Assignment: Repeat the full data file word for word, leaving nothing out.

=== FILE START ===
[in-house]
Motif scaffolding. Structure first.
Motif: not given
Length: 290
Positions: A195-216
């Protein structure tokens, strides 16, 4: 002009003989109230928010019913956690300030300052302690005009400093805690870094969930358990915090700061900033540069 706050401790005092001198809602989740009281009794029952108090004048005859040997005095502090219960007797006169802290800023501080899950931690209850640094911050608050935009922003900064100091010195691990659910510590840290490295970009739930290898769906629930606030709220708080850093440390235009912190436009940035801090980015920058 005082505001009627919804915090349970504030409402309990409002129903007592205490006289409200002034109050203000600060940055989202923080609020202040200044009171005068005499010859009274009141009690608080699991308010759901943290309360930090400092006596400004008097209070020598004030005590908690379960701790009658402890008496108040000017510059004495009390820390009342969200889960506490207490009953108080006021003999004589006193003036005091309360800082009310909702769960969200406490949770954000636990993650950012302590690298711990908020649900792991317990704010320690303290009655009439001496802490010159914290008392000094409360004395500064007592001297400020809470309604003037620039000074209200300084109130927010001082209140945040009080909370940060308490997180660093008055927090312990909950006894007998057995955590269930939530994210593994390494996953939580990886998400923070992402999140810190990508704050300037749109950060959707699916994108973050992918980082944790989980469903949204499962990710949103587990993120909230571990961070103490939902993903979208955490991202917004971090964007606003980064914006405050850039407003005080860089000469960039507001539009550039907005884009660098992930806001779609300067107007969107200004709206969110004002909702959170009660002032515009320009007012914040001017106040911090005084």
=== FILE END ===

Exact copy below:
[in-house]
Motif scaffolding. Structure first.
Motif: not given
Length: 290
Positions: A195-216
């Protein structure tokens, strides 16, 4: 002009003989109230928010019913956690300030300052302690005009400093805690870094969930358990915090700061900033540069 706050401790005092001198809602989740009281009794029952108090004048005859040997005095502090219960007797006169802290800023501080899950931690209850640094911050608050935009922003900064100091010195691990659910510590840290490295970009739930290898769906629930606030709220708080850093440390235009912190436009940035801090980015920058 005082505001009627919804915090349970504030409402309990409002129903007592205490006289409200002034109050203000600060940055989202923080609020202040200044009171005068005499010859009274009141009690608080699991308010759901943290309360930090400092006596400004008097209070020598004030005590908690379960701790009658402890008496108040000017510059004495009390820390009342969200889960506490207490009953108080006021003999004589006193003036005091309360800082009310909702769960969200406490949770954000636990993650950012302590690298711990908020649900792991317990704010320690303290009655009439001496802490010159914290008392000094409360004395500064007592001297400020809470309604003037620039000074209200300084109130927010001082209140945040009080909370940060308490997180660093008055927090312990909950006894007998057995955590269930939530994210593994390494996953939580990886998400923070992402999140810190990508704050300037749109950060959707699916994108973050992918980082944790989980469903949204499962990710949103587990993120909230571990961070103490939902993903979208955490991202917004971090964007606003980064914006405050850039407003005080860089000469960039507001539009550039907005884009660098992930806001779609300067107007969107200004709206969110004002909702959170009660002032515009320009007012914040001017106040911090005084």